(RANGE Media subsequently scooped the Spokesman on the Guardian Foundation debacle mentioned in Vestal’s piece. Read it here.)
Keep to the high ground,
Wednesday, October 12, 2022
Here is something you probably won’t hear from the sheriff, the county commissioners [French, Kerns, and Kuney], the prosecutor [Haskell], the mayor [Woodward] or the chief of police [Meidl]: Camp Hope is shrinking, no thanks to any of them.
The state-funded effort to move people from the East Central Neighborhood encampment along Interstate 90 is proceeding, even as the aforementioned public officials grandstand, bluster, threaten and try to undermine it. Around 180 people have left the camp – some to the Trent shelter, some to transitional housing, some to family members, some just away, according to an update on camp conditions by documentarian and camp security official Maurice Smith.
Importantly, the people have not been simply scooted off to recamp under one of the crowded viaducts downtown or along a riverbank.
“While politicians threaten and argue over who should sue who, while offering no actual solutions,” Smith wrote in his update, “we’re moving ahead with the actual solutions our unsheltered homeless friends need to move forward with their lives.”
The Camp Hope population is down from a peak of 623 in July to 443 this week, he said. This comes as the state’s $24 million operation to move the campers into housing continues, though the effort is flocked on all sides by a storm of chaos and confusion sown by the very public officials whose long-running failures brought us to this pass.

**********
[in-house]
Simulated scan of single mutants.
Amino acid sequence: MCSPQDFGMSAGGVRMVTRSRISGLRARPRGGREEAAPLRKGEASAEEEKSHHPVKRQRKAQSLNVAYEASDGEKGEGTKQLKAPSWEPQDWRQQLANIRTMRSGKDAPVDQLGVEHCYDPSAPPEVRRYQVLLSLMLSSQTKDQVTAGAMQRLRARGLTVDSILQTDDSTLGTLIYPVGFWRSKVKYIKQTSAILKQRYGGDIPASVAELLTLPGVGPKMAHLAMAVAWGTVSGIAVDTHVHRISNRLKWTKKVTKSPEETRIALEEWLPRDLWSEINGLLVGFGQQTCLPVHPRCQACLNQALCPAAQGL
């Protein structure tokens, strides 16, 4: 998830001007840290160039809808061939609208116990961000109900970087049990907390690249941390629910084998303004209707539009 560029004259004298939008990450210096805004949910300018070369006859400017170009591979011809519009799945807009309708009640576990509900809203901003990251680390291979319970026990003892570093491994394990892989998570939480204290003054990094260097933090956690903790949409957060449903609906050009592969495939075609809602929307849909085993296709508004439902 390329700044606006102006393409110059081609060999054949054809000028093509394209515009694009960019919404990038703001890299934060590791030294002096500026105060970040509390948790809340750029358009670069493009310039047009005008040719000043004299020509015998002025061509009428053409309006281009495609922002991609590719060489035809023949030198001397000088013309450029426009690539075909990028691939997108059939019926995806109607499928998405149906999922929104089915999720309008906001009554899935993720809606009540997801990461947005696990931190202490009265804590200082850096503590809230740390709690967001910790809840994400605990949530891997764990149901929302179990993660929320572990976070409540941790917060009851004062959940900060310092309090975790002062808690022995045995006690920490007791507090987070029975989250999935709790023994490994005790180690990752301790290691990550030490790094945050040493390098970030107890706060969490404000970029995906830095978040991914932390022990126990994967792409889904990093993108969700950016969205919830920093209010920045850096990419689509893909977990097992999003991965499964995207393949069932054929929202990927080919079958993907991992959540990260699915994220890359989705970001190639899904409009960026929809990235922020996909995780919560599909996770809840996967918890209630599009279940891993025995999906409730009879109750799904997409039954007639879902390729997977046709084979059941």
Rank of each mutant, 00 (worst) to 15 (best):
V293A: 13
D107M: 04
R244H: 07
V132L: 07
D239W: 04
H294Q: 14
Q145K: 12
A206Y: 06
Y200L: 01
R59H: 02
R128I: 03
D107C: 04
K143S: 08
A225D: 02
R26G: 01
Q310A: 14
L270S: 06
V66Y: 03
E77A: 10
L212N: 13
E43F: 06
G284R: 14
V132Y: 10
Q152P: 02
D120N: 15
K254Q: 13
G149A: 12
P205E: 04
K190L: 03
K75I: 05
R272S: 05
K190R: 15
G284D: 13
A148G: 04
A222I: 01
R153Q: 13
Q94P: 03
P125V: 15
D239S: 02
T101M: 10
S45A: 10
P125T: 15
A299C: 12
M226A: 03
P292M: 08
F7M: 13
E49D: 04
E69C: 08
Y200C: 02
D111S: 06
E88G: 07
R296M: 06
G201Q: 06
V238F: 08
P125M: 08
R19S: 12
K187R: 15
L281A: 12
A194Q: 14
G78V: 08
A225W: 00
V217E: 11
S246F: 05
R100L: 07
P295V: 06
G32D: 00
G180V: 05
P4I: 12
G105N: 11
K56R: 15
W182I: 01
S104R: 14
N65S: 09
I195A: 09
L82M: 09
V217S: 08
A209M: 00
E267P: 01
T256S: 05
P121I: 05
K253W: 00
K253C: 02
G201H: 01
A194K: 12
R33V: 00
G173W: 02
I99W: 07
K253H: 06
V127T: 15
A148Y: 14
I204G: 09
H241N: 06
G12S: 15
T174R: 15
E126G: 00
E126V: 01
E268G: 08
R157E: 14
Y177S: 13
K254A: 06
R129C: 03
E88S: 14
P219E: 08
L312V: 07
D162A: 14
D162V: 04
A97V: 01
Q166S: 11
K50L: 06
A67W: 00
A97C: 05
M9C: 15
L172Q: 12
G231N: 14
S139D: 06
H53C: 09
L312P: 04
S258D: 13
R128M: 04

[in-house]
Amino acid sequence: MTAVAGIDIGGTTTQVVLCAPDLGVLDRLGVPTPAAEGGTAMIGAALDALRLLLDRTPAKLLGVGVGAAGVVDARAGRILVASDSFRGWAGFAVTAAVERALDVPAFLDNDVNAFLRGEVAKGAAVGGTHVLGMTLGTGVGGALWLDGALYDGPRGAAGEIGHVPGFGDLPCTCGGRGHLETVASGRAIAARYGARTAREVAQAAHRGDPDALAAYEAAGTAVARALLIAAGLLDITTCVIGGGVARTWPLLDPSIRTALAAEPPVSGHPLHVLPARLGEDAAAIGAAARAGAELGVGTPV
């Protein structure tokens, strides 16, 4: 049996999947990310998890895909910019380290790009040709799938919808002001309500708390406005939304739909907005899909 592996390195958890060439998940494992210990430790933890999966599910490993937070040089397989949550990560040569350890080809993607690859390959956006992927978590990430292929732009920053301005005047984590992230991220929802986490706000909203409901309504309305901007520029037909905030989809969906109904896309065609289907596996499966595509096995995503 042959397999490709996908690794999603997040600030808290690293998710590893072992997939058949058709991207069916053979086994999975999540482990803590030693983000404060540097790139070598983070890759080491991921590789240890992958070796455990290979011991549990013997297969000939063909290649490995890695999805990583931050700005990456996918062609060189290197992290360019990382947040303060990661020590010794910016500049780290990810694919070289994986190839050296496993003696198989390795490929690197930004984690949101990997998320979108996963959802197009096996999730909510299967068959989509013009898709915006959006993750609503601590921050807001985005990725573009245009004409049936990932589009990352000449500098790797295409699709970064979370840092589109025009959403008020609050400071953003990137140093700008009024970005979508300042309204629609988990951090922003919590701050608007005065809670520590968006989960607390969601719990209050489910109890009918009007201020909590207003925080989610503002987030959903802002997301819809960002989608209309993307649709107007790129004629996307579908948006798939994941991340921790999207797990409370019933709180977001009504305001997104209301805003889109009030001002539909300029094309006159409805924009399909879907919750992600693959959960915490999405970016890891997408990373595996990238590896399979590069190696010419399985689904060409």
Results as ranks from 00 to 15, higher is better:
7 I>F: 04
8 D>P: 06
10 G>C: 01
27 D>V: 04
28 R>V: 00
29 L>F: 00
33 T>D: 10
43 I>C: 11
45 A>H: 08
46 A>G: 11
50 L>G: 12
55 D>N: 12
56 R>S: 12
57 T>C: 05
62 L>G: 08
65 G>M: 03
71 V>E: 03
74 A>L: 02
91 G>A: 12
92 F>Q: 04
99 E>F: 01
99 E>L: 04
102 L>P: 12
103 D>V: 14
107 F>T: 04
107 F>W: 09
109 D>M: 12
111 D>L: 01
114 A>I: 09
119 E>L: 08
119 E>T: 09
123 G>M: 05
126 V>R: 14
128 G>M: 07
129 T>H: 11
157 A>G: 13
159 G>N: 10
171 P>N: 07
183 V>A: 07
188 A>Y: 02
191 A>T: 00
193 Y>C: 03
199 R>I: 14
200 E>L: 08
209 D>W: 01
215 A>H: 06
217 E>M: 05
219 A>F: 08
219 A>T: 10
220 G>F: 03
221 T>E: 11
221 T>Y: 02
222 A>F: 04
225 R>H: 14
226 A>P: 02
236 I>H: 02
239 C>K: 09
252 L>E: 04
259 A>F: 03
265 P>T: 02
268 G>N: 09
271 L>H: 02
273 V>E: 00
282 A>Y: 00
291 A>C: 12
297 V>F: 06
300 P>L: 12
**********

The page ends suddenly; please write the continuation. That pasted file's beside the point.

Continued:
Monday’s news that an employee of the Guardian Foundation, which operates two shelters for the city and oversaw the convention center debacle last winter, is believed to have embezzled hundreds of thousands of dollars landed like the arrival of another plague in a series of them.
It’s still early, but the case looks like an accountability fiasco, both for the Guardians and the accountability mayor.
With every passing day, some new effort to undermine the success of the state’s work to clear Camp Hope comes from some new corner of local politics – threats to sue, or drive away the homeless, or fine the state, or huff and puff, or whatever. These efforts all amount to politicians stomping their feet and demanding – without any attempt to offer a practical way forward – an immediate, simplistic end to the camp.
This rush to the microphones began with the unhinged letter and news conference a couple weeks ago from Sheriff Ozzie Knezovich, who had never even set foot in Camp Hope, threatening to personally drive people out and put them on buses out of town.
This has been accompanied by threats from Mayor Nadine Woodward and then Chief Craig Meidl to use city nuisance laws against the camp – apropos for an administration that seems to regard homeless people as roadside junk. The chorus was then joined by the county commission and Prosecutor Larry Haskell, making their own threats and setting their own absurd deadlines.
All are demanding a faster closure of the camp than is remotely realistic, unless the goal is just to spread people to new homeless camps. There is simply not enough available housing to move them all immediately, and the city’s claims to the contrary are absurd – they are based on the idea that hundreds of people would go to the Trent shelter, well beyond the number of beds there.